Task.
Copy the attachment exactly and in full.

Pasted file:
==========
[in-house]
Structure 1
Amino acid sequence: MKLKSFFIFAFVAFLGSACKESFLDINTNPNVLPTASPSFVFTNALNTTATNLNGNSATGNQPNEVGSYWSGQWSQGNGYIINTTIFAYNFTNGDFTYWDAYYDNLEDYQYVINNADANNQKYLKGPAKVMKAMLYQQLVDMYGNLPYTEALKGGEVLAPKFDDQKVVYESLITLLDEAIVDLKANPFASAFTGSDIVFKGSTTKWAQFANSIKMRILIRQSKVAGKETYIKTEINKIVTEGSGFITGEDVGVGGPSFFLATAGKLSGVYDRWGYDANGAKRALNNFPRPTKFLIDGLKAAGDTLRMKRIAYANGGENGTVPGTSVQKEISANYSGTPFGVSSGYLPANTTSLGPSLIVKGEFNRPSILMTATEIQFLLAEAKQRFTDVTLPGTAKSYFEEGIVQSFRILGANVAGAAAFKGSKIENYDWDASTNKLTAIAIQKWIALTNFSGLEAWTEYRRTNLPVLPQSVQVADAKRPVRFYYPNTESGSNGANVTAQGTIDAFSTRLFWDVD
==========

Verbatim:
[in-house]
Structure 1
Amino acid sequence: MKLKSFFIFAFVAFLGSACKESFLDINTNPNVLPTASPSFVFTNALNTTATNLNGNSATGNQPNEVGSYWSGQWSQGNGYIINTTIFAYNFTNGDFTYWDAYYDNLEDYQYVINNADANNQKYLKGPAKVMKAMLYQQLVDMYGNLPYTEALKGGEVLAPKFDDQKVVYESLITLLDEAIVDLKANPFASAFTGSDIVFKGSTTKWAQFANSIKMRILIRQSKVAGKETYIKTEINKIVTEGSGFITGEDVGVGGPSFFLATAGKLSGVYDRWGYDANGAKRALNNFPRPTKFLIDGLKAAGDTLRMKRIAYANGGENGTVPGTSVQKEISANYSGTPFGVSSGYLPANTTSLGPSLIVKGEFNRPSILMTATEIQFLLAEAKQRFTDVTLPGTAKSYFEEGIVQSFRILGANVAGAAAFKGSKIENYDWDASTNKLTAIAIQKWIALTNFSGLEAWTEYRRTNLPVLPQSVQVADAKRPVRFYYPNTESGSNGANVTAQGTIDAFSTRLFWDVD